Belgium experienced no ‘ozone days’ at all this summer, the first time this has happened since measurements began in 1978, 43 years ago.
“That is certainly good news,” said Frans Fierens of the Interregional Cell for the Environment (IRCEL), which produces the figures.
An ozone day is one on which the level of ozone gas in the atmosphere is more than 180µg per cubic metre at any of the many measuring points in Belgium.
Ozone (O3) is probably best known as a gas present in the upper atmosphere which damages the protection against the sun’s ultraviolet light. However at lower levels it is also an irritant, with ozone production from combustion engines and industrial processes placing the breathing of at-risk people in danger.
During any normal summer, IRCEL can be expected to issue a number of ozone warnings, when such susceptible people are advised to remain indoors, and everyone is warned of the danger of strenuous exercise out of doors.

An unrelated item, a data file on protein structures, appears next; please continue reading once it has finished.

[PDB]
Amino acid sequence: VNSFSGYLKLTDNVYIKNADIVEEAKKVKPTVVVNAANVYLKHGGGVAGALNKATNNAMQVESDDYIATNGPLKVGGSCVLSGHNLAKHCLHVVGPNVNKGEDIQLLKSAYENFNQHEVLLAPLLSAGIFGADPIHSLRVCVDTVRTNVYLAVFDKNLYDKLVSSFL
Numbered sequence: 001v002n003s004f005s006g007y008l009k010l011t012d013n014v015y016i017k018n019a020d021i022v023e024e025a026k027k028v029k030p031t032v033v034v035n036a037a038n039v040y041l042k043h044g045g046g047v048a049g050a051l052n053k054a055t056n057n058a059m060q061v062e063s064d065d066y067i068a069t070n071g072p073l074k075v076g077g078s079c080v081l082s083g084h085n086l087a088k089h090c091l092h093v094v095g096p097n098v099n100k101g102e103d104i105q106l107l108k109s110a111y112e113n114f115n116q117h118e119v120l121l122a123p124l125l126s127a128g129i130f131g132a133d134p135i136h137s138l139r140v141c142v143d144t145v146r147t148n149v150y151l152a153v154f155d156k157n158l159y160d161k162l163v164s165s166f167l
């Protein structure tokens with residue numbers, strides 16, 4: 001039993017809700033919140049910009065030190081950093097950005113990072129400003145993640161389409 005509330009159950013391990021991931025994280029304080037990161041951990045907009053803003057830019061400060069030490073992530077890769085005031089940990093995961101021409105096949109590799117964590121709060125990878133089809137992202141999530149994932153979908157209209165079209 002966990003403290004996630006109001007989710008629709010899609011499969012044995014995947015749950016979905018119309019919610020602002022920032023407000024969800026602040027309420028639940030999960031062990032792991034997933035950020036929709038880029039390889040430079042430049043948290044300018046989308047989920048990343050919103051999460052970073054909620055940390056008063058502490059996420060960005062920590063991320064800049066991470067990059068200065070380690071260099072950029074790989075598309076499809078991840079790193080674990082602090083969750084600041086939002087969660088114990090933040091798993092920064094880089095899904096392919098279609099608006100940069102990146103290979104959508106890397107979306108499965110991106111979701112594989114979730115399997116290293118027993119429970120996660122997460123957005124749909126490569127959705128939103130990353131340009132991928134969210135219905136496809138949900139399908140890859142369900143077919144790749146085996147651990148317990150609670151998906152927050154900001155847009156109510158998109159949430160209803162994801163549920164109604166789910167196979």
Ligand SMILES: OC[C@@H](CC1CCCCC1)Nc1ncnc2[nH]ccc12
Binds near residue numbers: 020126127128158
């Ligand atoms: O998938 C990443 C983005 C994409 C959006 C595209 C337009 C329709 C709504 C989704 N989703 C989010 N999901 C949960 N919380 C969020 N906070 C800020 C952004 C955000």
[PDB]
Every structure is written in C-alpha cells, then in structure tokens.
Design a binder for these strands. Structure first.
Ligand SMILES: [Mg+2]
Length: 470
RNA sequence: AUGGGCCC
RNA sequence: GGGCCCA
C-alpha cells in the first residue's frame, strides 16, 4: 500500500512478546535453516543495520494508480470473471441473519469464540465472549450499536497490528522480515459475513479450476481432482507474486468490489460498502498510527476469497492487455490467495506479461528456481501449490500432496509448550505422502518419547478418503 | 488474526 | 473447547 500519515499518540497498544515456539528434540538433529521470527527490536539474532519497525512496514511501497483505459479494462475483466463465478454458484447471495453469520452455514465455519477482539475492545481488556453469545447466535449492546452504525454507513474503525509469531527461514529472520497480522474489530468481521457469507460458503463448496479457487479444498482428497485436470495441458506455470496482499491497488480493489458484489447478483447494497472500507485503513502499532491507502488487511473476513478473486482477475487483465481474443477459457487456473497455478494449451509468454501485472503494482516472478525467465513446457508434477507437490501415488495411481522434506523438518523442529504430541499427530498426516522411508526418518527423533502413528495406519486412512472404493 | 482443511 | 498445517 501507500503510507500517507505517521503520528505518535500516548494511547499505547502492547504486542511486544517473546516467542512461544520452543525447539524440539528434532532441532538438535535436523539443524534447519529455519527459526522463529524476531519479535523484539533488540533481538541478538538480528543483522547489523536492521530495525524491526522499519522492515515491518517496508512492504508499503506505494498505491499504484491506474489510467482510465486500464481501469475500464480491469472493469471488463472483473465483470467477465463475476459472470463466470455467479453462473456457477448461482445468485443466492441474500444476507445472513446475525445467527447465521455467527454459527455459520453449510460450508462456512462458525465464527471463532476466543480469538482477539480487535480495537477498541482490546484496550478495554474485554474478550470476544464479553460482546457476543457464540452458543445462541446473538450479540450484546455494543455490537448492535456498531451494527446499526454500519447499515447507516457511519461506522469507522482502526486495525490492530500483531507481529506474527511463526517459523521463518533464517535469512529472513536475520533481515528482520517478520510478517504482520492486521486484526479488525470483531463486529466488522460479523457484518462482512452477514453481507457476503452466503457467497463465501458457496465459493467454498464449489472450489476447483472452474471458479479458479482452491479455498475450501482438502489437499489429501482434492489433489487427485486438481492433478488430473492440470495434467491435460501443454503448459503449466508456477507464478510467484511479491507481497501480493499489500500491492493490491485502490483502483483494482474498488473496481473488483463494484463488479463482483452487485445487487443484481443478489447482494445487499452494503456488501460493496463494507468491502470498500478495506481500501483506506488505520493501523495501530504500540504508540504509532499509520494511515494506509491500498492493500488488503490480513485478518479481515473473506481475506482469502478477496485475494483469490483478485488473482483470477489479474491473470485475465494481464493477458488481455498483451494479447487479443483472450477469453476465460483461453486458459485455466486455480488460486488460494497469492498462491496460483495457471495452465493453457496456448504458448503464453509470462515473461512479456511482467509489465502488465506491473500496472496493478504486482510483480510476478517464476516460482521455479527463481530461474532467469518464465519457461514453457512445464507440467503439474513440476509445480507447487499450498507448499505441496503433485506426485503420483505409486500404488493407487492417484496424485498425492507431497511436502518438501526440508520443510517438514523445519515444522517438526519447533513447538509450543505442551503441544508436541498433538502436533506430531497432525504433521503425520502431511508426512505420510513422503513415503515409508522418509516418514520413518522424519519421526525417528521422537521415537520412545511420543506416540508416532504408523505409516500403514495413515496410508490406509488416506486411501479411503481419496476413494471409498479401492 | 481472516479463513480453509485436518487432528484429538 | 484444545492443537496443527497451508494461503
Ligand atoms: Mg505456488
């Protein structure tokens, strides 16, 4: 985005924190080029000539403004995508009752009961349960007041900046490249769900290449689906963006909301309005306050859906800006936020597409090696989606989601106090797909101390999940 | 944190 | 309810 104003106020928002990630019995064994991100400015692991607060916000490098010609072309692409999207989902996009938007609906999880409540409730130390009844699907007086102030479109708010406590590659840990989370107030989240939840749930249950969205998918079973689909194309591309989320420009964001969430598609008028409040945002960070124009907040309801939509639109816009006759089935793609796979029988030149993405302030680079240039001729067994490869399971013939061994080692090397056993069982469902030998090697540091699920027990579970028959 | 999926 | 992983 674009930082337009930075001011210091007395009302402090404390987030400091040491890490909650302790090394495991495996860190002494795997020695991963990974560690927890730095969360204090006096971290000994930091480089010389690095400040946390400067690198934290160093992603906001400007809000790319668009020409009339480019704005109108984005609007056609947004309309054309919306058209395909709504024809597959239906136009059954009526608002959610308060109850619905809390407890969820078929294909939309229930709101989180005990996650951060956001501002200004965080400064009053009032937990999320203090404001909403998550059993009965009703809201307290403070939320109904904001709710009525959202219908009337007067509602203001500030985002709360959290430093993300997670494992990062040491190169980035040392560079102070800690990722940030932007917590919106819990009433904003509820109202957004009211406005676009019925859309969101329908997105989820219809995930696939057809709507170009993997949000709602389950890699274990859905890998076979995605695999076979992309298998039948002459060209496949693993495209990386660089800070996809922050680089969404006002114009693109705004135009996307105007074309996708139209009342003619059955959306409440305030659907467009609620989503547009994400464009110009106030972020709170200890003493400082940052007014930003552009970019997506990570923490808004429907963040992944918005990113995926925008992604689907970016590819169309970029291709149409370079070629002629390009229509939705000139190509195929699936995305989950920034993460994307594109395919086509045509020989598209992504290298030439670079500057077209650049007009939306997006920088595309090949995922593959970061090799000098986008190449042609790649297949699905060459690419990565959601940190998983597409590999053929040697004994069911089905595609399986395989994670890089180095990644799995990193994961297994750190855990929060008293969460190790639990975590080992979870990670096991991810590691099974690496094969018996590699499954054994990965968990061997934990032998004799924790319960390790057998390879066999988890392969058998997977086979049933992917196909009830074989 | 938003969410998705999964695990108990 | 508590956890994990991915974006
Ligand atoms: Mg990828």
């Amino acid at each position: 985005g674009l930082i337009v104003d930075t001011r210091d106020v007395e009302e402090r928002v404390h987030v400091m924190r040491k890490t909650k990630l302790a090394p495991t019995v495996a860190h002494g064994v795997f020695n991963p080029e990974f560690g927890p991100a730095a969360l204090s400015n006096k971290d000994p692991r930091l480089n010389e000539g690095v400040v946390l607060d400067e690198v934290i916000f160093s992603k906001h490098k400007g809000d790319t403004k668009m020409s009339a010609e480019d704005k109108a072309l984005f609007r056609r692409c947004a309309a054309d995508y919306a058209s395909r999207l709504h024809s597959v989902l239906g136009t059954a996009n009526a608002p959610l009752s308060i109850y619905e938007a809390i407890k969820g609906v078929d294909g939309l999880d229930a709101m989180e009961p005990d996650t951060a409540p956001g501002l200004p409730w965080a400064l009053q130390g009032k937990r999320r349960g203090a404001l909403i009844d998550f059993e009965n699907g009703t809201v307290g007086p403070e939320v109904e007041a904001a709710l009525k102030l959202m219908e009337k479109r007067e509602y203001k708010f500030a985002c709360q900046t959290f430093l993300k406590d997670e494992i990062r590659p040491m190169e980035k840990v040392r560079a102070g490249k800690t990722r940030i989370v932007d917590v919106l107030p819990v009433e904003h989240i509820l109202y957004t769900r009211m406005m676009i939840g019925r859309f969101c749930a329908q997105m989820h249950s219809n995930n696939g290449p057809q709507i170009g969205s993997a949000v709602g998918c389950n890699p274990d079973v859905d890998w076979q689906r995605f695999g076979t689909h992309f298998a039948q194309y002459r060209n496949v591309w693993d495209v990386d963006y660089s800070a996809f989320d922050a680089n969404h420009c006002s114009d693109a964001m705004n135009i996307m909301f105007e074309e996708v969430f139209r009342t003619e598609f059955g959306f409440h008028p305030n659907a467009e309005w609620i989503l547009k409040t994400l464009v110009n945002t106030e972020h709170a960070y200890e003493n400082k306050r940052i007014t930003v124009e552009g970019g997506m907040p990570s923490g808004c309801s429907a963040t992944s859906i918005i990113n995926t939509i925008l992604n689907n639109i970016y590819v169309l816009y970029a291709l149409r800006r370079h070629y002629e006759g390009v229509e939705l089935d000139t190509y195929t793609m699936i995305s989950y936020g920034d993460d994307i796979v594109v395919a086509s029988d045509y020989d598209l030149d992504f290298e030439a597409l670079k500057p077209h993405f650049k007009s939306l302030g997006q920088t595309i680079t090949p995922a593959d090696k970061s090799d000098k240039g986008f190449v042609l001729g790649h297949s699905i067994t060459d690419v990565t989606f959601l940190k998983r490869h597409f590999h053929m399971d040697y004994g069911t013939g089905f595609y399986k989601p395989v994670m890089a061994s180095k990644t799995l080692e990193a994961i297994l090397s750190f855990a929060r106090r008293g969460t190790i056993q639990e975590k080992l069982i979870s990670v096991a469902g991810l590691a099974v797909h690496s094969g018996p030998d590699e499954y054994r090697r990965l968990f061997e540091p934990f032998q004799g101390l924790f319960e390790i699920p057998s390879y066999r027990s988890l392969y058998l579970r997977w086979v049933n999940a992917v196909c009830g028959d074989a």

But this year that has not been necessary, Fierens told the VRT. “Since the beginning of ozone measurement, and that has been since 1978, we had never had a year in which the ozone threshold was not exceeded. So this year is unique.”
However we have no reason to congratulate ourselves; 2021 is an outlier, but not because of any human effort to combat ozone pollution.
The reason for this year’s fortuitous results was mainly the rainy weather we experienced during this summer, which may have displeased holidaymakers and cafe terrace customers, but which succeeded in damping down levels of ozone, quite literally.
In addition, the lack of sunlight – which creates ozone by the action of UV light on nitrous oxides produced by cars and other polluters – meant less ozone was formed in the lower atmosphere in the first place.
And congratulations are certainly not in order when Belgium’s results are held up against the limits of the EU – 120µg/m3 and of the WHO (100µg/m3). If the latter level had been in force here, there certainly would have been warnings issued, IRCEL admitted.